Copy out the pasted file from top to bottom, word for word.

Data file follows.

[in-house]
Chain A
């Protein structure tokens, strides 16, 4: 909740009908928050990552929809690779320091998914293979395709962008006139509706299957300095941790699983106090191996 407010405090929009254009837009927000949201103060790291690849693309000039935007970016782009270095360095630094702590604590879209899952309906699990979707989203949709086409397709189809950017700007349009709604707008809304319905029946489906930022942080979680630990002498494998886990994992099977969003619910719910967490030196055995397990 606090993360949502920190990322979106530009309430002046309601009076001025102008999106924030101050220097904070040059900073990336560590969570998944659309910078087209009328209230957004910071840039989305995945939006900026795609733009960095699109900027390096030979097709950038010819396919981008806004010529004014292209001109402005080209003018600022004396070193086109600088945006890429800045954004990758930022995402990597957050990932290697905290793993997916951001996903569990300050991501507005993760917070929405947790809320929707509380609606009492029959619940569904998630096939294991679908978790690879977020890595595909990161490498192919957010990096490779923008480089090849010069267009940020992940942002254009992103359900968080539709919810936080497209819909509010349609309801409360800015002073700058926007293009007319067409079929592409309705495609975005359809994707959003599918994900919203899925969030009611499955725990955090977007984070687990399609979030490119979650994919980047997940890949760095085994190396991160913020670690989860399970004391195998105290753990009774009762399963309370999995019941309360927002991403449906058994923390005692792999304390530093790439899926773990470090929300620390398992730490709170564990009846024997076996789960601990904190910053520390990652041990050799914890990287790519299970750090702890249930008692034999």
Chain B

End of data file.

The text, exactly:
[in-house]
Chain A
């Protein structure tokens, strides 16, 4: 909740009908928050990552929809690779320091998914293979395709962008006139509706299957300095941790699983106090191996 407010405090929009254009837009927000949201103060790291690849693309000039935007970016782009270095360095630094702590604590879209899952309906699990979707989203949709086409397709189809950017700007349009709604707008809304319905029946489906930022942080979680630990002498494998886990994992099977969003619910719910967490030196055995397990 606090993360949502920190990322979106530009309430002046309601009076001025102008999106924030101050220097904070040059900073990336560590969570998944659309910078087209009328209230957004910071840039989305995945939006900026795609733009960095699109900027390096030979097709950038010819396919981008806004010529004014292209001109402005080209003018600022004396070193086109600088945006890429800045954004990758930022995402990597957050990932290697905290793993997916951001996903569990300050991501507005993760917070929405947790809320929707509380609606009492029959619940569904998630096939294991679908978790690879977020890595595909990161490498192919957010990096490779923008480089090849010069267009940020992940942002254009992103359900968080539709919810936080497209819909509010349609309801409360800015002073700058926007293009007319067409079929592409309705495609975005359809994707959003599918994900919203899925969030009611499955725990955090977007984070687990399609979030490119979650994919980047997940890949760095085994190396991160913020670690989860399970004391195998105290753990009774009762399963309370999995019941309360927002991403449906058994923390005692792999304390530093790439899926773990470090929300620390398992730490709170564990009846024997076996789960601990904190910053520390990652041990050799914890990287790519299970750090702890249930008692034999």
Chain B